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After back surgery three years ago, 31-year-old environmental scientist Danielle Cemprola had become a frustrated runner, suffering from a sense that she might never return to her former level of performance. Having run 44 marathons pre-surgery and six after, she had all but given up on eking anything more from the physical side of training. That’s when she decided to work on her mental game, something she says has made all the difference as she preps for an upcoming marathon.

While elite athletes have long honed their mental skills, Cemprola, who lives in Greenville, S.C., is joining a growing number of amateurs delving into the power of the mind. These athletes are working on their confidence, motivation and the mind-body connection to overcome obstacles and reach new heights. “Finding the limit of your potential as an athlete involves proper mental training along with the physical,” says Joanna Zeiger, former Olympic triathlete and author of a book on mental toughness called “The Champion Mindset.”

Some of this increased focus on mental training stems from the fact that some amateur runners are approaching a finish line of sorts. “As athletes, we’re at the point of marginal returns from physiological sports enhancement,” says Brad Stulberg, journalist, columnist and co-author of the upcoming book “Peak Performance.” “So the next legal [non-doping] frontier is the mind.”

Upping the power of the brain

One of the areas where athletes struggle the most is negative self-talk, which can be a big hindrance to progress, says Denver-based sports psychologist Justin Ross. “I have clients keep a mental log along with their physical log,” he says. “They record their state of mind during training, what they do when things get tough, and how these responses shape their behavior.”

Armed with the awareness of their behavior, Ross can work with athletes to flip the negative chatter. “I have them come up with three positive ‘I am’ statements to begin the day,” he says. “Then in the evening, they finish off with three gratitude statements specific to their training.”

Zeiger says the consistent practice of repeating strong words or sentences can go a long way. “Write it down so that you can go back to it,” she says. “Then whenever you hit a rough patch, pull those words out so that you can overcome any negativity you’re experiencing.”

Cemprola has tried a wide array of tools to boost her mind’s role in her athletic success. “I have read sports psychology books, listened to motivational podcasts and worked on visualizing race day,” she explains. “I even found a video of the marathon course on YouTube and watch it several times a week to familiarize myself with spots that might be difficult for me.”

Zeiger is a fan of visualization. “It’s important to spend time picturing positive outcomes, seeing yourself racing strong, crossing the finish line with your arms in the air and carrying out your race strategy to perfection,” she says. “I also encourage athletes to practice disaster visualization — imagining hitting a rough spot and envisioning how they will get through it.”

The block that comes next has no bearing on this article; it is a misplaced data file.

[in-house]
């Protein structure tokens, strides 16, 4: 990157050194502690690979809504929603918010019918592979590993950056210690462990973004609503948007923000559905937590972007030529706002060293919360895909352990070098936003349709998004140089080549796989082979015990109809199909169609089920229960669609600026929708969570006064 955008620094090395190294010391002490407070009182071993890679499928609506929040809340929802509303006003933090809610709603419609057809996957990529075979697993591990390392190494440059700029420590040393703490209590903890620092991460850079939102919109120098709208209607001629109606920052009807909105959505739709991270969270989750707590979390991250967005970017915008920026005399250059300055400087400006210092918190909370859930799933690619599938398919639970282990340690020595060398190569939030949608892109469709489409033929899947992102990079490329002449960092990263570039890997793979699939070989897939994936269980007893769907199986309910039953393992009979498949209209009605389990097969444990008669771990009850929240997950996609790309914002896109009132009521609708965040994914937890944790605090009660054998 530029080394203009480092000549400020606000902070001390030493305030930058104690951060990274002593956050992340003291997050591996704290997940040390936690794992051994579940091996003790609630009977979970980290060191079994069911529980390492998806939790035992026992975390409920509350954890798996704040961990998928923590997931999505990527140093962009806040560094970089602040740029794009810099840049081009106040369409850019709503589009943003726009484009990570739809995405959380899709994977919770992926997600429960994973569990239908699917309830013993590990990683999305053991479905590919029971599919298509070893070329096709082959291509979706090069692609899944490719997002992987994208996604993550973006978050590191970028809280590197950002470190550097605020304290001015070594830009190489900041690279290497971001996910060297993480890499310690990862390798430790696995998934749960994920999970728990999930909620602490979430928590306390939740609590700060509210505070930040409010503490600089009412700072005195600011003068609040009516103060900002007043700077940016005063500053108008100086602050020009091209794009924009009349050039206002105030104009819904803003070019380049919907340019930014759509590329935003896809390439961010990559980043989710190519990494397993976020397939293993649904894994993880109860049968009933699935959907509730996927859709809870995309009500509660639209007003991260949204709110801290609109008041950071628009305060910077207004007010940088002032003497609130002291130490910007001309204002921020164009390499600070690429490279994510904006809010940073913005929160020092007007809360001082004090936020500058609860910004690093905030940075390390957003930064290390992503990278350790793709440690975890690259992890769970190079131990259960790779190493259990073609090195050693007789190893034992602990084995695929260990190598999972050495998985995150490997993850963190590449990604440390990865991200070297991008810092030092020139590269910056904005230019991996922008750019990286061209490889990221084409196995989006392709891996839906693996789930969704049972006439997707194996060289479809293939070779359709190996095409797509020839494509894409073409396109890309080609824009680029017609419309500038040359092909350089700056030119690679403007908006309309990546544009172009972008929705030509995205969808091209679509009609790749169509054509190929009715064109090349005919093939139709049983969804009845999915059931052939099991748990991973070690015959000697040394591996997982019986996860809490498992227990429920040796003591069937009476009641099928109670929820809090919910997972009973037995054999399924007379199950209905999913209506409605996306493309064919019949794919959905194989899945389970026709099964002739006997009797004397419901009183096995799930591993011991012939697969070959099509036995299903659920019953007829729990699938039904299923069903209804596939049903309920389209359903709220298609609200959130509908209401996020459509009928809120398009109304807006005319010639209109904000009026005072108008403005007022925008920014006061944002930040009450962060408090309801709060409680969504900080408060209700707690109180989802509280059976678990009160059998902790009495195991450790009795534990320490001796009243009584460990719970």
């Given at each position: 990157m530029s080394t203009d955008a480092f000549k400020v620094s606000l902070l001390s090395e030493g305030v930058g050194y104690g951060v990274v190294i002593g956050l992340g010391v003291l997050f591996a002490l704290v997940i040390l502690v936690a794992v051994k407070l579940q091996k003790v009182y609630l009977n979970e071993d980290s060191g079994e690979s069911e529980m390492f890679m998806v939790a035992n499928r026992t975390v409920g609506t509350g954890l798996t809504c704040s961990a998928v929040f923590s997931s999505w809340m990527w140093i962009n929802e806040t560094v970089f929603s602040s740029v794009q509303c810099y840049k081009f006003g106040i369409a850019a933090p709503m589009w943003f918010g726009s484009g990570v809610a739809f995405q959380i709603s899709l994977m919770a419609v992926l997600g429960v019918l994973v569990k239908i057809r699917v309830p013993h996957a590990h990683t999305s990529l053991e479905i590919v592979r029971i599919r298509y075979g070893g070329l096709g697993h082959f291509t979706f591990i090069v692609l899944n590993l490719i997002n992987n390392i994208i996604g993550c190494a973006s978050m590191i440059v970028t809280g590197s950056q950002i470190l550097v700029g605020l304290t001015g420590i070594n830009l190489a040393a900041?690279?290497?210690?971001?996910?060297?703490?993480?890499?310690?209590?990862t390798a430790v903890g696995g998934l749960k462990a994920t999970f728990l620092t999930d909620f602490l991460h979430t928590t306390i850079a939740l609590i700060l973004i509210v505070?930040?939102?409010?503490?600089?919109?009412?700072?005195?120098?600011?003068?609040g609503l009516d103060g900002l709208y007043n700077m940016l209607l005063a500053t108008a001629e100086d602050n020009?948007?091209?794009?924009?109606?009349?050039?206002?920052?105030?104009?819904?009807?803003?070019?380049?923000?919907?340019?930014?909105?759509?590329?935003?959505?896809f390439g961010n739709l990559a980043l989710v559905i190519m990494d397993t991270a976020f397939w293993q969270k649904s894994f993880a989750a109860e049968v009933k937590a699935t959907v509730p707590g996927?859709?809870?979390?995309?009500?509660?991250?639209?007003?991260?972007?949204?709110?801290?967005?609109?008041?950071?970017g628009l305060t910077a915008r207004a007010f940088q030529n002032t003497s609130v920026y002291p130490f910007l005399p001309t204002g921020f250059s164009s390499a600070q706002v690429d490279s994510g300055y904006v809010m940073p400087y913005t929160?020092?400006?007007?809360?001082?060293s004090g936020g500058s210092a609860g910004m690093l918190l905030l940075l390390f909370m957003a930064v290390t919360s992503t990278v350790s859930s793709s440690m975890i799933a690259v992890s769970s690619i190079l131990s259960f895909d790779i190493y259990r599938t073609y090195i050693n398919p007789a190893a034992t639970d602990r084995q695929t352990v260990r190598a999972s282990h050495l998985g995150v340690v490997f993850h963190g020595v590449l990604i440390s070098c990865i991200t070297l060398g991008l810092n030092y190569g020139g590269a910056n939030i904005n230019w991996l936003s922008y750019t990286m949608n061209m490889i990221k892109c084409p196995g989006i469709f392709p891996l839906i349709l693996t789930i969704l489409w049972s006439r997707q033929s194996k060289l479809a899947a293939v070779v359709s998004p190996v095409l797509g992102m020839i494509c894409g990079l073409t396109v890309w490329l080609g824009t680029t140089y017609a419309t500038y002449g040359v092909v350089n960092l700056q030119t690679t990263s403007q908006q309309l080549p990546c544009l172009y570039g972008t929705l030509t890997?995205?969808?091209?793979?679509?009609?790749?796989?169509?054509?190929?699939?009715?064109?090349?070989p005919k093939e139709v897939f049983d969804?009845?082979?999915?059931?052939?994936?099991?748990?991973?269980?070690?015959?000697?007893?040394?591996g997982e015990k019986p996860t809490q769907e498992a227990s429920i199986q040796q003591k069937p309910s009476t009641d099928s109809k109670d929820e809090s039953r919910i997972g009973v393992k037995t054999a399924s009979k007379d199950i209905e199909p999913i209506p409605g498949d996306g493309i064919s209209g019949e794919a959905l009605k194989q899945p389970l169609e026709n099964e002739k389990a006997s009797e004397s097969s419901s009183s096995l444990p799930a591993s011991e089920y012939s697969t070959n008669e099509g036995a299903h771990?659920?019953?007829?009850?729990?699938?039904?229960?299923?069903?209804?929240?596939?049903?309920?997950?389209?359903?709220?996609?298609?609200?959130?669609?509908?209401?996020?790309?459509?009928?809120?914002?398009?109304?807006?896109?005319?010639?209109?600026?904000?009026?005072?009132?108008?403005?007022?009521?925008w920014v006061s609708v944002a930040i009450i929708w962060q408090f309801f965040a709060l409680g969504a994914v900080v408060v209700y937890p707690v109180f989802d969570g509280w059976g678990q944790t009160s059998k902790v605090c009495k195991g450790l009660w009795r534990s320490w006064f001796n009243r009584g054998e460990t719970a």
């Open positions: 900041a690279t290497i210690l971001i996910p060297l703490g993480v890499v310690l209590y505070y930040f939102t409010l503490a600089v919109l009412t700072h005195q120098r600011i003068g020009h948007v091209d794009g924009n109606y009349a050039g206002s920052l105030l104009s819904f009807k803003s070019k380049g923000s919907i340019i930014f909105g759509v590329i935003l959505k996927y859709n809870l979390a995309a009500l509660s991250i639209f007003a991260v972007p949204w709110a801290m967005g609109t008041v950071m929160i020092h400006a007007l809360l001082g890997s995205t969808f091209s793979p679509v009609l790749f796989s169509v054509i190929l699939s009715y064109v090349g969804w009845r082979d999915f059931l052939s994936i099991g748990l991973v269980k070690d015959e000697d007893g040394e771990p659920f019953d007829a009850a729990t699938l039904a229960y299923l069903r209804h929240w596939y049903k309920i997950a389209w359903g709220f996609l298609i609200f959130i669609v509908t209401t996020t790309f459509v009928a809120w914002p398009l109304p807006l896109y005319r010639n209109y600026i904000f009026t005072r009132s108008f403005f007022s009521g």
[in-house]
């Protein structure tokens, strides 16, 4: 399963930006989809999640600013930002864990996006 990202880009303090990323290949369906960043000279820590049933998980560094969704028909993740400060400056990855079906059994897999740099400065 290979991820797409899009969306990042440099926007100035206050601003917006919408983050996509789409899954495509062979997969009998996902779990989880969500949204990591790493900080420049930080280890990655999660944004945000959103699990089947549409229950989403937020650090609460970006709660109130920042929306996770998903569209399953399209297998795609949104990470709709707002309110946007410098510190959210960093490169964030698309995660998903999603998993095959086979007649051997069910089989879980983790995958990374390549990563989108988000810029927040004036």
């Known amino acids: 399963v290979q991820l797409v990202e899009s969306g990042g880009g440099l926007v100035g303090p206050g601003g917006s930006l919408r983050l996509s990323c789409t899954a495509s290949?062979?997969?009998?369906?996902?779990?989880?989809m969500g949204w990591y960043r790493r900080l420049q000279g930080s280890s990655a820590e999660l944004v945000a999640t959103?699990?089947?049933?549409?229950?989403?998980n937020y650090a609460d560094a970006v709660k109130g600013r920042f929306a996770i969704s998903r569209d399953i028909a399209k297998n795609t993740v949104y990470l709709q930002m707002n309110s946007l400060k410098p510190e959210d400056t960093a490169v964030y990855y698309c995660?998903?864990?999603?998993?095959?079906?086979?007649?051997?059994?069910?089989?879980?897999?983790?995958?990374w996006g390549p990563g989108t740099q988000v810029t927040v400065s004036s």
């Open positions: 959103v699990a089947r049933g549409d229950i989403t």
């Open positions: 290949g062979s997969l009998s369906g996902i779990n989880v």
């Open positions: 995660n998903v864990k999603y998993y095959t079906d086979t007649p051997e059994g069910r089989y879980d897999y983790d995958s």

Another difficulty athletes encounter is tying success to external gratification. “Eventually, you run out of good races and if your whole self is tied up in those results, you’re setting yourself up for disappointment,” says Stulberg. “Instead you need to remind yourself what is real and what can’t be taken away. That balances out what you can’t control.”

Sometimes this means stepping away from chasing a particular goal, says Zeiger. “When the pursuit becomes all-encompassing, everything you do is detrimental,” she explains. “This is when you need to step back and switch focus — maybe try a new distance — so that you can gain back your confidence.”

Positive messages

Mental training can also involve practicing your response to pushing hard in training for a better outcome in racing. “It doesn’t feel good to go hard,” says Ross. “But if you practice positive self-talk in these moments instead of negative, you can excel, and not beat yourself up afterward thinking you could have done better.”

To get the most of your mind’s power, it’s important to treat it as a muscle, says Stulberg. “The mind gets tired just like the body and if it isn’t given a break now and then, it can’t function at its top level,” he explains.

This means forgoing the temptation to focus on metrics every single time you head out to train. “You have to incorporate some meta-easy runs, leaving the watch at home and running by feel,” Stulberg says.

Since putting her mental training plan into place, Cemprola has “negative split” her last three races — meaning she’s run faster on the back half than the front — not an easy result to pull off. “I focus on finishing every run strong, training my brain to believe that I can be strong at the end of any run, even a marathon,” she says.

At the end of the day, it’s the mental training that can deliver the extra edge many athletes seek. “Everyone has a physical limit,” says Zeiger. “But the mind is infinitely malleable.”